As of 1st February, Netflix is launching five short documentaries created by recipients of the Documentary Talent Fund.


The filmmakers from across the UK and Ireland received £30,000 to create a documentary on the theme of "connection".

One of those is Black Stroke, from filmmaker Olivia Smart, following the stories of three people from different walks of life who broke racial stereotypes to learn how to swim for the first time.

According to the latest figures from Sport England, 87 per cent of Black adults in the UK do not swim.

However, Smart tells us that this isn't a film solely about learning how to swim, but also one that focuses on the history that has hindered many Black people from learning before now, with multiple takeaways from the 12-minute long doc.

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Speaking exclusively to, Smart explained: "I think the film relates to, like, a lot of people, and I really hope that people, you know... there's two kind of take home messages for Black people watching it.

"For Black people, it's be encouraged to give blood, because Maria [one of the contributors] has sickle cell, and understand what it's like to live with sickle cell, and also to feel moved to learn that life-saving skill to learn to swim."

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She continued: "For white people, the take-home message is just to educate and inform. I think I spent a lot of the time when I was making this film explaining to people what sickle cell was, and considering it's one of the fastest growing genetic diseases within the UK, and it's so incredibly underfunded, it's really, really important for me to kind of put sickle cell on the main stage, and really raise awareness for this hugely debilitating disease - and sometimes life-threatening."

The Netflix Documentary Talent Fund was created in 2020 to break down barriers of access for emerging filmmakers. The initiative also provides filmmakers with a foundation of knowledge and hands-on training to allow them to flourish within their careers.

For Smart, it was important to to have Black and mixed race people behind the camera as well as on screen.

She continued: "So, the press release goes out, and you then join, like, a bootcamp with Netflix, where they kind of take you through, I suppose, legals - that kind of thing. And then you do your budget and you get given the money, and then it's up to you to build a team.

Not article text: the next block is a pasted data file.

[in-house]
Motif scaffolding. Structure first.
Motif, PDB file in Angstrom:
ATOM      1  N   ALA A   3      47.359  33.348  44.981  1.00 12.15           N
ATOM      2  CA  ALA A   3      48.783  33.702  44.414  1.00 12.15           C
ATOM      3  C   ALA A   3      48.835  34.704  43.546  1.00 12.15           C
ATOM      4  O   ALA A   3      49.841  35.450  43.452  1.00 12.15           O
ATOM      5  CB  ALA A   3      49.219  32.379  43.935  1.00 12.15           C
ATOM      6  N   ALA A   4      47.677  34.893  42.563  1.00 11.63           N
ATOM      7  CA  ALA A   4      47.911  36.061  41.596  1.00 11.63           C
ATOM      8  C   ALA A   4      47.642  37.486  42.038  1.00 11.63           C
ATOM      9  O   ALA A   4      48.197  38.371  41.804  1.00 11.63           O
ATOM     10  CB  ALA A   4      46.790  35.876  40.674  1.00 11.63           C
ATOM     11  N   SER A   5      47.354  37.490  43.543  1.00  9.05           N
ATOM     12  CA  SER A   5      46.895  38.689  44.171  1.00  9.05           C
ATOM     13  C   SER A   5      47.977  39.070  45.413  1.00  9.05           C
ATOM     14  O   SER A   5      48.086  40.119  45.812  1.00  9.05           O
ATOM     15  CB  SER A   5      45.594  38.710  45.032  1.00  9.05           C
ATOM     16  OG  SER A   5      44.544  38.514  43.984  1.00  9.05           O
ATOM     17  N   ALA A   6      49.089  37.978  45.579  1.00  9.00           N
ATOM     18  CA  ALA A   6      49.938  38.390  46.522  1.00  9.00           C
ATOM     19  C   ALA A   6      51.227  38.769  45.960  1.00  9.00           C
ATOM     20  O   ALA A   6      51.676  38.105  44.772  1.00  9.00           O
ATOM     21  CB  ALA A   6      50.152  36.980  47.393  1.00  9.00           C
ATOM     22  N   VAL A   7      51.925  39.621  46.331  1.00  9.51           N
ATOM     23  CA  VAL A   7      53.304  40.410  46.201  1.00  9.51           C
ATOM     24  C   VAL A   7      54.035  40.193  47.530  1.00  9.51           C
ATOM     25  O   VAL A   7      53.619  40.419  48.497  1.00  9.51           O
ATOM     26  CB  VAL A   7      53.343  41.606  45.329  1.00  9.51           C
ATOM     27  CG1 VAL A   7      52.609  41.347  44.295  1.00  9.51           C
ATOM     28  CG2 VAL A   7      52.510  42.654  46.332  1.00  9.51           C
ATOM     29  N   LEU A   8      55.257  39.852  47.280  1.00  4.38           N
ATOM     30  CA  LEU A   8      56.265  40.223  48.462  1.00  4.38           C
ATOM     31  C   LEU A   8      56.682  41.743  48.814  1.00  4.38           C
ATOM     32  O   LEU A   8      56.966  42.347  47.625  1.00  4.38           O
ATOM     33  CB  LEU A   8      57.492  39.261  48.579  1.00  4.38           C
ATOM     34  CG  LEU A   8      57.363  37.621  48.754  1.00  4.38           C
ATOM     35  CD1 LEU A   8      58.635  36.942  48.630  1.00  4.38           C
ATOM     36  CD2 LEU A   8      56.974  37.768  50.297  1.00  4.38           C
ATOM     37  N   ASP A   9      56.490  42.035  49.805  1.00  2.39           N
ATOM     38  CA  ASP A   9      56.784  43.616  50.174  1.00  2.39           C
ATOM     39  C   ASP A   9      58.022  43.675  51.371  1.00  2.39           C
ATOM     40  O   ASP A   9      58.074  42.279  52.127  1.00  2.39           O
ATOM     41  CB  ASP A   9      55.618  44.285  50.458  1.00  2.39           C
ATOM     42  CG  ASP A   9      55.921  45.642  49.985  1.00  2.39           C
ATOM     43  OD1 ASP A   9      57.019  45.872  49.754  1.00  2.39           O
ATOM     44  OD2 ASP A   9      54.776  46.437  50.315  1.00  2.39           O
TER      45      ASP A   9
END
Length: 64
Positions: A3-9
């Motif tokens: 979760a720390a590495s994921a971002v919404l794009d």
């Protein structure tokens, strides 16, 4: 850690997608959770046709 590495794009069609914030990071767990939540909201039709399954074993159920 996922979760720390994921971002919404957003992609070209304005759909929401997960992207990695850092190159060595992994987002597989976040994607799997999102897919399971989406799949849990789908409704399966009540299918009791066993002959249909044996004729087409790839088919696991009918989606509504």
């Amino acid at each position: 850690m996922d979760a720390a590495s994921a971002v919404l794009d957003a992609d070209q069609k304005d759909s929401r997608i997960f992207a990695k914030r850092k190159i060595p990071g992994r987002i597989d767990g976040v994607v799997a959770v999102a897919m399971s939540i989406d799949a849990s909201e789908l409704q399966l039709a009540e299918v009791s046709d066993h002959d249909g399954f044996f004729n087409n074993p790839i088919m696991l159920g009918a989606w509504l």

"So I think, for me, the next step was, 'Who is it that's going to be part of this team that's really going to believe in that idea and really going to get us to the finish line?'

"And I think that part of the process was a real challenge, to find Black and mixed race people of all of these levels, especially in sound, especially as DOPs (directors of photography) and that kind of thing.

"And I think going through that process and finding those people and finding those pots of talent, for me, was so incredibly rewarding, and I can't explain to you the energy on set - like, we just had such a laugh, and it was so hilarious, because three contributors were learning to swim, but most of the crew couldn't actually swim.

"So, it was really hilarious because you've got these three contributors learning to swim, you've got, like, the DOP who also can't swim, that's so inspiring, and we had a mixed race swimming instructor as well, so it just felt like a really safe space where we just had so much fun."

Black Stroke was showcased at London's Ham Yard Hotel on Wednesday 31st January, alongside the four other films: Iranian Yellow Pages; Two Mothers; Turn up The Bass; and Sperm Donors Wanted, about a transgender performance artist interviewing people on stage to find a sperm donor that will enable him and his partner to start their family.

Asked what advice she'd give to future applicants, Smart added: "I think in terms of the Talent Fund, all I would say is: be really clear in what your idea is, and be really clear about whether your idea is possible. Given the parameters of the £30,000, I think mine was incredibly ambitious!

"So, I'd always say if you're going to apply, really do an idea that's really true to yourself, so that when you are talking to people about it, people can feel that energy - because if you're not convinced, people just won't support you."

All films will be available to watch on Netflix’s Still Watching YouTube Channel.

Looking for something else to watch? Check out more of our Documentaries coverage or visit our TV Guide and Streaming Guide to see what's on tonight.


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